Only in Lawrence 2013The Journal-World asked Lawrenceians to tell us about the unsung heroes in the community, resulting in the annual Only in Lawrence feature.
Marg Hadl has lived in Lawrence all her life, volunteering for her church and other charities, not thinking people noticed. But they did.
"I think Marg represents the unsung volunteers who are the backbone of many church congregations," said Harriet Shaffer, a fellow member of Trinity Lutheran Church who nominated Hadl for Only in Lawrence. "In her senior years, she still chooses to volunteer extensively. She's not looking for attention, she's not looking for any praise or glory — she just serves."
People who know Hadl describe her as quiet and unassuming, yet sweet as can be. And the 79-year-old is nothing if not loyal. She joined Trinity Lutheran when she was in junior high — and still goes there today ("It's just home," she says). She's never resided anywhere but Lawrence. She can only remember missing her church's night at the Lawrence Interdenominational Nutrition Kitchen once, when she was ill.
"She does things because there's an obvious need to get them done," said her daughter, Susan, 55, a retired Lawrence police sergeant, who describes her mom as extremely diligent and attentive to detail. "Rather than question who should do it or whose turn it is, she just volunteers and quietly goes about getting it done." Hadl has passed on that spirit of volunteerism on to Susan, who has been involved in church leadership and various other community causes. The two even deliver Meals on Wheels together.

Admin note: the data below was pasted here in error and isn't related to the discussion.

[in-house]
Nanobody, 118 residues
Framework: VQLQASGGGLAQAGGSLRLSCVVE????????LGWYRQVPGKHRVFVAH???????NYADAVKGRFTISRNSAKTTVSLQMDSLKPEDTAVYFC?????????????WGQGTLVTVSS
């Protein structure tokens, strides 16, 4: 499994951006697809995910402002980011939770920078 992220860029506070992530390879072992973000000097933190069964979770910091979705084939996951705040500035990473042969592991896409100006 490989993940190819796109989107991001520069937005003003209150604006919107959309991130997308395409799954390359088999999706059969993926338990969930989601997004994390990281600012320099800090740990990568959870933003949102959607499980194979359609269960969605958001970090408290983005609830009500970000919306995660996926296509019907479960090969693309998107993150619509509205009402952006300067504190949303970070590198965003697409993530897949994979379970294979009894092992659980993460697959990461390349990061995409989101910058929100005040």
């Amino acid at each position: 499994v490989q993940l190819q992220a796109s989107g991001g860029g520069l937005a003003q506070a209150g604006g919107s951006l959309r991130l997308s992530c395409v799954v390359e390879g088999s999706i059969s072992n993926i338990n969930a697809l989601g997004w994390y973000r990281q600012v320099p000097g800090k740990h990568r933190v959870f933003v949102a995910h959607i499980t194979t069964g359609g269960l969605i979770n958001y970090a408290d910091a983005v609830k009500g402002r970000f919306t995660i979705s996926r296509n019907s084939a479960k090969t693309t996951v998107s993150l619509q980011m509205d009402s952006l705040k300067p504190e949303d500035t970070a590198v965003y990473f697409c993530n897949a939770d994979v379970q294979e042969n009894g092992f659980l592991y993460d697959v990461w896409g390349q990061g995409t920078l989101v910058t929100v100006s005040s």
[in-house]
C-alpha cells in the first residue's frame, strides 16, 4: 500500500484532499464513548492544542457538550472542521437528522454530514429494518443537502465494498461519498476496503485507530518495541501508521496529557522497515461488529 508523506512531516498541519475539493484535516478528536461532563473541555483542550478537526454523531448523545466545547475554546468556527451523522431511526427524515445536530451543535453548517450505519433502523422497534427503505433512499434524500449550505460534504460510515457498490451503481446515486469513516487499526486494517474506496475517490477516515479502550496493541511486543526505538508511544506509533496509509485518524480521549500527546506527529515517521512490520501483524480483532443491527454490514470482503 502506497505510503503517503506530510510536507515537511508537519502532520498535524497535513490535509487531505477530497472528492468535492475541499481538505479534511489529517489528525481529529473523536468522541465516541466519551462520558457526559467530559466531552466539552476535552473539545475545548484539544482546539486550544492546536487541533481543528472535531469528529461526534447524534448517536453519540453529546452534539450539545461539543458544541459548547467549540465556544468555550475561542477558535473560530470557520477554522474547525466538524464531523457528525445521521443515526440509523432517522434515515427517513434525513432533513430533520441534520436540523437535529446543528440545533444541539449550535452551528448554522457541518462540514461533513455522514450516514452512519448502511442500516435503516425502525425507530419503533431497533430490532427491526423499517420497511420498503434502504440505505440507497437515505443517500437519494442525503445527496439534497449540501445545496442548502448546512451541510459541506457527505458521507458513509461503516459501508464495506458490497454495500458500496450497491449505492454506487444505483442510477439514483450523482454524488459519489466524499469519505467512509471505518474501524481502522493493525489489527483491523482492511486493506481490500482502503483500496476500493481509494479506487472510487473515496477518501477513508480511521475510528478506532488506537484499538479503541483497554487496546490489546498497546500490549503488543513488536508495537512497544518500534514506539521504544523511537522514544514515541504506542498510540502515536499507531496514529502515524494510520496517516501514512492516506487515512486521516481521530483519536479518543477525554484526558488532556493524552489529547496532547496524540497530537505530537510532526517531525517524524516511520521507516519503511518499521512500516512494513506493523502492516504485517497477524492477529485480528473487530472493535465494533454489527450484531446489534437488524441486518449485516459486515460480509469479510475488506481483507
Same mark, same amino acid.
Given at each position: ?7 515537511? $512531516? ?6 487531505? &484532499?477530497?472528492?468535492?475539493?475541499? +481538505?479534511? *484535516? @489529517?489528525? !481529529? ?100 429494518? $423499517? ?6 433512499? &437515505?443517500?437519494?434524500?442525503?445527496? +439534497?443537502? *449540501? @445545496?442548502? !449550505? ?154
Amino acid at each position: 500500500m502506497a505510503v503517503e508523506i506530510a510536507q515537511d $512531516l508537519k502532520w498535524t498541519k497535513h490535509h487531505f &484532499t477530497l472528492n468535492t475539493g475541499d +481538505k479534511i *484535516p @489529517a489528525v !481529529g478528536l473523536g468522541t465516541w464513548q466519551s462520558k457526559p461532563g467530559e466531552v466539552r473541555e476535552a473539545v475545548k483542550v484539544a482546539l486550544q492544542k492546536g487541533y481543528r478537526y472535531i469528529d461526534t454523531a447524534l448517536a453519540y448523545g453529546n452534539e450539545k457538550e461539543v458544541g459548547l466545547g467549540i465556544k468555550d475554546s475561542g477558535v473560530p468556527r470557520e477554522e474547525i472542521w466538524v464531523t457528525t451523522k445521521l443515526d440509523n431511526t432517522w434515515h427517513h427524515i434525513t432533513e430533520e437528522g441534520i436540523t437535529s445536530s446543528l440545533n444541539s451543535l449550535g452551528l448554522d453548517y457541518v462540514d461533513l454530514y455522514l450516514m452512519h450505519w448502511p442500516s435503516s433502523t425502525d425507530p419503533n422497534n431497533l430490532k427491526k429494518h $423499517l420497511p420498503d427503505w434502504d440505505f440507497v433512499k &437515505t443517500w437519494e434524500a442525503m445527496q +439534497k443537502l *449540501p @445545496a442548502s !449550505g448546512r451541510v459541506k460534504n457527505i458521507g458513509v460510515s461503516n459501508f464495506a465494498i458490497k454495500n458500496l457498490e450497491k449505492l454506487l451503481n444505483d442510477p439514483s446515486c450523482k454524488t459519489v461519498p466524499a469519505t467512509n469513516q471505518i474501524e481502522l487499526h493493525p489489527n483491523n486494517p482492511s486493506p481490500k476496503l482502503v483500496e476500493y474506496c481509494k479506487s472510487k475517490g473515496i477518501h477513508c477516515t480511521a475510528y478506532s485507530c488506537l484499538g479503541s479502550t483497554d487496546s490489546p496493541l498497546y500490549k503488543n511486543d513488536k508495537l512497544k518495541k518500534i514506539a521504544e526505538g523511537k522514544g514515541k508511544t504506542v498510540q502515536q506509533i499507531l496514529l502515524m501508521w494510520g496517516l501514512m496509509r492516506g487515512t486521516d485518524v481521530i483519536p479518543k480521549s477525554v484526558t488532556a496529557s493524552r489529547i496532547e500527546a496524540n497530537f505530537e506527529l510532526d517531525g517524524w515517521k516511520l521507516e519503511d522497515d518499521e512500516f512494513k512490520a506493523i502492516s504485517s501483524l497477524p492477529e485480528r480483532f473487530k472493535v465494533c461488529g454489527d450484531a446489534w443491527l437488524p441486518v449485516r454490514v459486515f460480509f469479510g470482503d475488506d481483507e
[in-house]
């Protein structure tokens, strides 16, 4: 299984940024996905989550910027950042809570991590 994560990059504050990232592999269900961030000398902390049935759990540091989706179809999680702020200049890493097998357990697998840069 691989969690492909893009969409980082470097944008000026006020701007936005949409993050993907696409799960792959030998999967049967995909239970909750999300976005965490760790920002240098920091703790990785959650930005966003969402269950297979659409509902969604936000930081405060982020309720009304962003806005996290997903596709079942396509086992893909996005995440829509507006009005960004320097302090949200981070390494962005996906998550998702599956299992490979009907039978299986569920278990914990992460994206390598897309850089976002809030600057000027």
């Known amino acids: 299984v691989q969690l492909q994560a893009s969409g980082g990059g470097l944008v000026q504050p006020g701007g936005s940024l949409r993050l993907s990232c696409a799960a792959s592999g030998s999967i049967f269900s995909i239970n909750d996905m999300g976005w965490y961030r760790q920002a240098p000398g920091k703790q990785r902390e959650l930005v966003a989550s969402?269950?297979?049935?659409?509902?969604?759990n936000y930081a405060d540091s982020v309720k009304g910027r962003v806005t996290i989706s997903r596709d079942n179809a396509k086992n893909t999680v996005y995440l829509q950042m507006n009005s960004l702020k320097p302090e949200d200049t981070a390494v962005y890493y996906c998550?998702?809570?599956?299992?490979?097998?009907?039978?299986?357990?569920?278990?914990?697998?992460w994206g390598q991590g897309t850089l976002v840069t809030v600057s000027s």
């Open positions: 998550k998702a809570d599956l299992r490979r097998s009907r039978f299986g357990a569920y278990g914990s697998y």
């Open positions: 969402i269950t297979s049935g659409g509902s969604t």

Hadl's volunteer work begins with the church she has attended since 1948. She cleans the altar, washes the pastors' robes, prepares communion, reads scriptures, serves meals for families after funerals, writes thank you notes to memorial donors and coordinates the ushers. For years she was Trinity's coordinator for LINK, which provides meals to hungry families in Lawrence. She also makes food for guests in the Family Promise program when her church hosts them.
Not least of all, she writes notes to random community members, whether to tell them to get well soon or to congratulate them on an accomplishment. "I let people know I'm thinking about them," she said in her plainspoken manner. That sometimes includes delivering them a batch of her legendary vegetable soup.
Hadl has always been one to give back but ramped up her volunteerism after her husband, Gerald, died of a heart attack in 1999. They had been married, Hadl recalls on a dime, "46 years, two months and 11 days."
"He fell just right there by your chair, and he was gone," she said, during a recent interview in the living room of her quaint Lawrence home. "Someone told me the answer to getting over my grief was to stay very busy, so I have."
Hadl has seen many changes in Lawrence over the years. She graduated from Lawrence High School when it was still on Massachusetts Street. She remembers when the city was much smaller, when "everybody knew everybody," she says. She worked at Weaver's Department Store for 26 years — "I got to meet the original Mr. Weaver once" — and in the bakery at Dillon's for seven.
Asked why she never left Lawrence, Hadl responded: "I just have never been a wanderlust person. I'm just very happy here. And, of course, I married somebody who was from here. My oldest daughter is the only one who strayed — she went to Kansas City."
When she's not volunteering, Hadl likes to read and spend time with her cats, Addison "The Diva" Anne and Zoey Belle, both rescues from the Lawrence Humane Society. She feeds stray animals from time to time, and even helps stray kids. Once, a girl knocked on her door asking how to get to South Middle School. Hadl ended up befriending the girl and her family, and even giving her rides to school when the weather was bad.
"She's a giving person, but she does it quietly," Shaffer said. "She's a good example to follow."